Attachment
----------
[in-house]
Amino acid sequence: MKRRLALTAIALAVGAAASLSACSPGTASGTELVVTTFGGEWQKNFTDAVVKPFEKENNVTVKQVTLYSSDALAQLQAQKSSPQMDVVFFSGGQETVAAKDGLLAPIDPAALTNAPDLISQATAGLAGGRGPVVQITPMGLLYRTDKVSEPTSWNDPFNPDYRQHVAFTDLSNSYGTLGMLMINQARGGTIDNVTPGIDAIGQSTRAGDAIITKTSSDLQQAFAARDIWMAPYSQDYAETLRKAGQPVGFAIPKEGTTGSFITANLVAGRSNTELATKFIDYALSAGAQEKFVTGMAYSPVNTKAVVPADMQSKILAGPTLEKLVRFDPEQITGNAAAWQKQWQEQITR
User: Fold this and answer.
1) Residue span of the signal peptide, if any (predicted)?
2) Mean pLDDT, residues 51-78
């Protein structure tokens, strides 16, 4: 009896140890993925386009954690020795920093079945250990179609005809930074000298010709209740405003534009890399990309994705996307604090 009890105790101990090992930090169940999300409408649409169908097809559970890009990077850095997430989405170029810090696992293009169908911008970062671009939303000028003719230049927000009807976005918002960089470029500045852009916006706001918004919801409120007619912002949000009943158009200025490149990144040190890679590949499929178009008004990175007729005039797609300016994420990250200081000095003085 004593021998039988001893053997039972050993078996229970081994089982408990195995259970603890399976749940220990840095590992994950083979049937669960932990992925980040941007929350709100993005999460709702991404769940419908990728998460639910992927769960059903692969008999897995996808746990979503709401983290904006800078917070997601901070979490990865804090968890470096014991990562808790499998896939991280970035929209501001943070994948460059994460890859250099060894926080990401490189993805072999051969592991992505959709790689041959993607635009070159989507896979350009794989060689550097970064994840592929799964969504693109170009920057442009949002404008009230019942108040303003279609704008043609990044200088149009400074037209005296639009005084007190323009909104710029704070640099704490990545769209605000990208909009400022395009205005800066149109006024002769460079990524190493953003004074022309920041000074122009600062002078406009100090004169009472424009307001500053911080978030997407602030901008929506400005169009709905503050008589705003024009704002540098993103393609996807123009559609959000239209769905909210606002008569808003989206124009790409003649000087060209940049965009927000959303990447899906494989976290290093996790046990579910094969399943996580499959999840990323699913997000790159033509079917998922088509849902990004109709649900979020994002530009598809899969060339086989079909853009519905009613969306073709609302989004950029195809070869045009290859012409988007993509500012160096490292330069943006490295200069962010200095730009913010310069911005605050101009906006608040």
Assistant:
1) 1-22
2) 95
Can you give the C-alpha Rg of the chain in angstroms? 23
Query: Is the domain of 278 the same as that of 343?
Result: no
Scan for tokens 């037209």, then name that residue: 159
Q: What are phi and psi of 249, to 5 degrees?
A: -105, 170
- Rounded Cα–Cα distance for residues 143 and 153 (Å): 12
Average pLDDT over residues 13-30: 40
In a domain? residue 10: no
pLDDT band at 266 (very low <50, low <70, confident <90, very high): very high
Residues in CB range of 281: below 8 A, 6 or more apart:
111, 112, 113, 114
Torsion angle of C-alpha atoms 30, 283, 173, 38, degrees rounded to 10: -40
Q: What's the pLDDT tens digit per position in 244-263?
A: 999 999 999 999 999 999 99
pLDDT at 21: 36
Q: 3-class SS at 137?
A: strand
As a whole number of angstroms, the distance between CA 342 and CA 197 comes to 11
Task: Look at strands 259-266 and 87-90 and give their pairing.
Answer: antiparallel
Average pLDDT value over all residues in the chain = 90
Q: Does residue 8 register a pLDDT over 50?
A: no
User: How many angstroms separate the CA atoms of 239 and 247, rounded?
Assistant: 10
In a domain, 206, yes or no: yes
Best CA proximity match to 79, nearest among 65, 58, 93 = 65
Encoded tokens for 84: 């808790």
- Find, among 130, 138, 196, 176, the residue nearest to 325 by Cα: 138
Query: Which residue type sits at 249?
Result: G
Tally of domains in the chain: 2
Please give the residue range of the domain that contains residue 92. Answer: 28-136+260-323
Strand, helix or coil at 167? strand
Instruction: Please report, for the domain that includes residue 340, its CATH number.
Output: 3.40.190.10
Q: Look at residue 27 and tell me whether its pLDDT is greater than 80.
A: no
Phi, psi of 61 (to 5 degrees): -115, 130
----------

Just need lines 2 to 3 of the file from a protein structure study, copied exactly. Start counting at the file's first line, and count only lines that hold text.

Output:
Amino acid sequence: MKRRLALTAIALAVGAAASLSACSPGTASGTELVVTTFGGEWQKNFTDAVVKPFEKENNVTVKQVTLYSSDALAQLQAQKSSPQMDVVFFSGGQETVAAKDGLLAPIDPAALTNAPDLISQATAGLAGGRGPVVQITPMGLLYRTDKVSEPTSWNDPFNPDYRQHVAFTDLSNSYGTLGMLMINQARGGTIDNVTPGIDAIGQSTRAGDAIITKTSSDLQQAFAARDIWMAPYSQDYAETLRKAGQPVGFAIPKEGTTGSFITANLVAGRSNTELATKFIDYALSAGAQEKFVTGMAYSPVNTKAVVPADMQSKILAGPTLEKLVRFDPEQITGNAAAWQKQWQEQITR
User: Fold this and answer.